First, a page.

Letters and Manuscripts — Volume 11 (1896)


Lt 19, 1896

Caldwell, W. F.


June 7, 1896 [typed]

Portions of this letter are published in TSB 207-208; 3MR 306. +Note


I have labored with you and tried to make you understand the position that you should occupy, considering that you are a married man who has children in America. 11LtMs, Lt 19, 1896, par. 1

You have not taken to yourself the counsel given you in the fear of God and love for your soul. I am disgusted with your folly. I am fully convinced that I cannot place responsibilities in your hands, neither can I trust you to help me in my writings, or to be a manager of my business. Could I secure the services of my nephew, Byron Belden, I am sure I would have good help, and far less trouble of mind. 11LtMs, Lt 19, 1896, par. 2

I have had very little help from Fannie for many months, <not because she cannot work, but> her association with you has caused her to have an experience which has unfitted her to do anything in my work. I want you to understand that I am not pleased with your course of action. 11LtMs, Lt 19, 1896, par. 3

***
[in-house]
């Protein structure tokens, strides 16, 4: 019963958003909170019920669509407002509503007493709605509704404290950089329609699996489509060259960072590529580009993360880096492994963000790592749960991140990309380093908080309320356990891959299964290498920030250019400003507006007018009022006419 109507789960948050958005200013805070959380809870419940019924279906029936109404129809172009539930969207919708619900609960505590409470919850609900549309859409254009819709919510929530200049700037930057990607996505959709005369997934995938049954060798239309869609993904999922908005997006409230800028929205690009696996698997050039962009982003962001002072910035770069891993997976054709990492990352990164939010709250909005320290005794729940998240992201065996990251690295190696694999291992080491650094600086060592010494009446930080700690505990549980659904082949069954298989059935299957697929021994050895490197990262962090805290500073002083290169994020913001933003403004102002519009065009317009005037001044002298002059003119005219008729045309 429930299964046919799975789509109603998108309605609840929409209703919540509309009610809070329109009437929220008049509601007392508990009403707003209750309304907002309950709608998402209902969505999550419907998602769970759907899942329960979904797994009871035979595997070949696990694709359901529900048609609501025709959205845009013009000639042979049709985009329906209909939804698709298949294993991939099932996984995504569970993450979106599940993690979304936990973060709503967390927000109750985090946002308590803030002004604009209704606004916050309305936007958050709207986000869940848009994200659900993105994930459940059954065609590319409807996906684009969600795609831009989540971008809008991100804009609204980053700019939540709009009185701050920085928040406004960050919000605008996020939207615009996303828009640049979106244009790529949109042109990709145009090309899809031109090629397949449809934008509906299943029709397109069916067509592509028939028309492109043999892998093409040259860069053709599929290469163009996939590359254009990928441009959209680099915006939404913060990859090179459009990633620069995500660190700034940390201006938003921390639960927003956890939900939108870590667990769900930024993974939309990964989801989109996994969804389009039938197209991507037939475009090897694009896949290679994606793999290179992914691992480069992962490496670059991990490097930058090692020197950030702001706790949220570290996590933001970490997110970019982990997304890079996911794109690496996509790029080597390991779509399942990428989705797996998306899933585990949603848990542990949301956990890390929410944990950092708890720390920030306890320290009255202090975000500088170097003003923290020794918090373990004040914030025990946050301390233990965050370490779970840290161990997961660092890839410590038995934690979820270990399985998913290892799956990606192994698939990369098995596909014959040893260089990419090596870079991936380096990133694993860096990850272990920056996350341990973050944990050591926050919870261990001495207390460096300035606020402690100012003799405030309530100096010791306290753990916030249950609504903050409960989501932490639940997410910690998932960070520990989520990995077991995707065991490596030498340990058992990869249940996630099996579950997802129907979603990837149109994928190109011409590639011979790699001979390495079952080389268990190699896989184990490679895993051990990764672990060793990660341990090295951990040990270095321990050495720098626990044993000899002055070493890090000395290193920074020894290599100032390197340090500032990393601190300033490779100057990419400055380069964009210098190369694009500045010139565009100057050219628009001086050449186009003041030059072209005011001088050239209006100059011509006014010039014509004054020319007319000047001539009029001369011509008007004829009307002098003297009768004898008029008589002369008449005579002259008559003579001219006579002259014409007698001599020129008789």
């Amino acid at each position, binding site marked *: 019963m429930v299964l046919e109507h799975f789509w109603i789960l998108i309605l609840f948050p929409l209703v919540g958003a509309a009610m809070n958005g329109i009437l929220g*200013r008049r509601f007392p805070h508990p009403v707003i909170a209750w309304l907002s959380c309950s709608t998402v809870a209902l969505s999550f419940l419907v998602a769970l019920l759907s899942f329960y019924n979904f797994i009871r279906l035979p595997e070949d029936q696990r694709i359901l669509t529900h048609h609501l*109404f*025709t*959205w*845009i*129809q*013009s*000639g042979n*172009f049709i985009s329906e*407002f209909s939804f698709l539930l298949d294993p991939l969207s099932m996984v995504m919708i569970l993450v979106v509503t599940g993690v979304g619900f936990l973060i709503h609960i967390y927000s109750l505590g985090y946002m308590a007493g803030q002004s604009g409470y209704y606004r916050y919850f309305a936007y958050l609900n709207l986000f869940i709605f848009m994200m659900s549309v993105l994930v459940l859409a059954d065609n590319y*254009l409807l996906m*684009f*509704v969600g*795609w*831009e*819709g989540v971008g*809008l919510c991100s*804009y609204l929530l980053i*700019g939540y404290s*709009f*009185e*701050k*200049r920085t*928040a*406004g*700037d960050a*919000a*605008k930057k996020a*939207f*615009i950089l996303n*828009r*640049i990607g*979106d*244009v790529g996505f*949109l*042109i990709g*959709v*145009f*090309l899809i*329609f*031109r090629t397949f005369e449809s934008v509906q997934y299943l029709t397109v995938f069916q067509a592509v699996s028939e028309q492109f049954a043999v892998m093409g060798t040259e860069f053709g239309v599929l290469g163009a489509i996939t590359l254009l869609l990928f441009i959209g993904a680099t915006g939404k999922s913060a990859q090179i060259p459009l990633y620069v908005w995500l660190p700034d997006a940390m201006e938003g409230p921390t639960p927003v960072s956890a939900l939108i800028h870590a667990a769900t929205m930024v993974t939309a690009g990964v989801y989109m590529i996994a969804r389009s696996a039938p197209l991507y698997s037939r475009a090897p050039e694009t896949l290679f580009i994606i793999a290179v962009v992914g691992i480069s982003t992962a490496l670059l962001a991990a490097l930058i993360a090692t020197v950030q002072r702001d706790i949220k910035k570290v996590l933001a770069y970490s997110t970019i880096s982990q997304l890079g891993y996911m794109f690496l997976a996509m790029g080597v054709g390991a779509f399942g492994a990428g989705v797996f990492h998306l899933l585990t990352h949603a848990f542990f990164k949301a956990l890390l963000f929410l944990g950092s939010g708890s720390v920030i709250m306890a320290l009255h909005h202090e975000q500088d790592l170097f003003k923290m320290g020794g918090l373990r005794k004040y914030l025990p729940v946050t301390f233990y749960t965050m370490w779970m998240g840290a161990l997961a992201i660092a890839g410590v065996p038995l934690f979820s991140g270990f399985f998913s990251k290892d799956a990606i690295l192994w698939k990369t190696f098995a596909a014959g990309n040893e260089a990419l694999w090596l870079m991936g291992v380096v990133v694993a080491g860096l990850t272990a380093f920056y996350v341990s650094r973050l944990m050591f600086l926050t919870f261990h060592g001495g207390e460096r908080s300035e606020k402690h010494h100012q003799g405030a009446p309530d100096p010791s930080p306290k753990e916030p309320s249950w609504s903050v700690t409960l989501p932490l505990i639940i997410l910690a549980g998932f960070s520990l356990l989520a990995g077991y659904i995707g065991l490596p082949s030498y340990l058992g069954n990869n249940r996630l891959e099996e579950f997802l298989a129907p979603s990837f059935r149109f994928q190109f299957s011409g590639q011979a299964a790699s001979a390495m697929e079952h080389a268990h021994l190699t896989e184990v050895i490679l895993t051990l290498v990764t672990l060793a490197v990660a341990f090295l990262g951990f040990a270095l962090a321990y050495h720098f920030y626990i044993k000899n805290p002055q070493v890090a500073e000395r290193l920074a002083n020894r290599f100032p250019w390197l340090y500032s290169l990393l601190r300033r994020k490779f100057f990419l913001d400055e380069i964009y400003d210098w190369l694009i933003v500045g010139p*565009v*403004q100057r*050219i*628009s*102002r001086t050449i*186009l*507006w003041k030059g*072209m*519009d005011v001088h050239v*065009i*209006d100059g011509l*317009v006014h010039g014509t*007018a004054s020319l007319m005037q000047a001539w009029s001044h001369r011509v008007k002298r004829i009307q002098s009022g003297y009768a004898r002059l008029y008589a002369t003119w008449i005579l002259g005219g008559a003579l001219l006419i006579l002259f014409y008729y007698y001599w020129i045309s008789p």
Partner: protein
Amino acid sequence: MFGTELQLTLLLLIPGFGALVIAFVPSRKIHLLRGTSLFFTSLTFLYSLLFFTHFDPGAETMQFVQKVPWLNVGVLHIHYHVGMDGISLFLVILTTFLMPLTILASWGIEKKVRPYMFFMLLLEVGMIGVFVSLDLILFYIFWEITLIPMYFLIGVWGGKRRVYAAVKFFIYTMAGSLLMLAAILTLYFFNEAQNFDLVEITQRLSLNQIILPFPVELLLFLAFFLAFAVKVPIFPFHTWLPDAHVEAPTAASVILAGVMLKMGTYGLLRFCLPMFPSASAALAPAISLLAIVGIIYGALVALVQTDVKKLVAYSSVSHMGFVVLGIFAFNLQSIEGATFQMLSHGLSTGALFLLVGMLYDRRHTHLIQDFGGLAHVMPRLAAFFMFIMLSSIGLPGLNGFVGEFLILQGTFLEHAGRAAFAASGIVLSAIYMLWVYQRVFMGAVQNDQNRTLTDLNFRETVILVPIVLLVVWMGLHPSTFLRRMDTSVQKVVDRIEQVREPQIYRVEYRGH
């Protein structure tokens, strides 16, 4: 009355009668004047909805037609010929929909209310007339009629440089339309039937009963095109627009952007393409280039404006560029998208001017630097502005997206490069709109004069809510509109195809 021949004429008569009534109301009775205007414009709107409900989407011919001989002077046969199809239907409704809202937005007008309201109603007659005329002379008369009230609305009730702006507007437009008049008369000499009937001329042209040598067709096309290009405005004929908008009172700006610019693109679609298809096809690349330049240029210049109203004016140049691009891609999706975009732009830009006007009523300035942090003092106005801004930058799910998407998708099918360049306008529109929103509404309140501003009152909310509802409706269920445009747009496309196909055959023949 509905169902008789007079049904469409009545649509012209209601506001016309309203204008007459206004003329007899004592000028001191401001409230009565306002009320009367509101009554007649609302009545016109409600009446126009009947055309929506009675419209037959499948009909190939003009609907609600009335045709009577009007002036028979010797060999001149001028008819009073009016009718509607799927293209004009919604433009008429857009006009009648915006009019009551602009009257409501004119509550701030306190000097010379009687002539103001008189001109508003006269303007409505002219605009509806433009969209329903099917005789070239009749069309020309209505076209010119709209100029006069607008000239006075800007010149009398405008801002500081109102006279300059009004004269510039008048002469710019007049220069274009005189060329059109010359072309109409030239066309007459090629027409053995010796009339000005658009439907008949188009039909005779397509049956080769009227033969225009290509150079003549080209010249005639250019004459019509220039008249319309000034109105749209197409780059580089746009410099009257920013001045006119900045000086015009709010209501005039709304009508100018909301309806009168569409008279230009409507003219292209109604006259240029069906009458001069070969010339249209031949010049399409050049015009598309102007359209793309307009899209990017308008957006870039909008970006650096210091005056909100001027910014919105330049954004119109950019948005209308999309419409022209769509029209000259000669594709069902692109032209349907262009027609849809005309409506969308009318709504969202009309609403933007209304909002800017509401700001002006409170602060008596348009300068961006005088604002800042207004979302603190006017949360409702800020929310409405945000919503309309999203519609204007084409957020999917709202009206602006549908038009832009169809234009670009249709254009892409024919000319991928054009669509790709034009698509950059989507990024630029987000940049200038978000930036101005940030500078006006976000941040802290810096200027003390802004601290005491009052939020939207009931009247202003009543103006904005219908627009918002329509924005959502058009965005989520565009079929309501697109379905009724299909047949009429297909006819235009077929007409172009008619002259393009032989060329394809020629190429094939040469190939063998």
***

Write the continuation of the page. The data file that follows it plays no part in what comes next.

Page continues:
The night before the picnic I heard much scrabbling around in the tent, and inquired of Ella White what it all meant? I told her it pained my heart to hear such loud laughing; it did not become Christians to indulge in such levity. The answer came, Maude Camp had baked up things to take to the picnic, and hid them away so that Caldwell could not find them, for Maude says that if he can get hold of anything like pies of cake he will eat them. 11LtMs, Lt 19, 1896, par. 4

He searched all through her trunk, all through her bed, and every where he could think of looking, but did not find them. This is what we were laughing about. <I spoke with Maude [and] she gave the same report as did Ella.> This, thought I, is the example which is being placed before our children and youth, by one who is a husband and father, and who is entrusted with most solemn responsibilities. Such an influence, such actions, would counteract all that I might try to do. All these things are an offense to God. Such exhibitions show a coarse, uncultivated taste. It exceeds the limits of Christian sobriety, and of propriety. It shocks my soul. 11LtMs, Lt 19, 1896, par. 5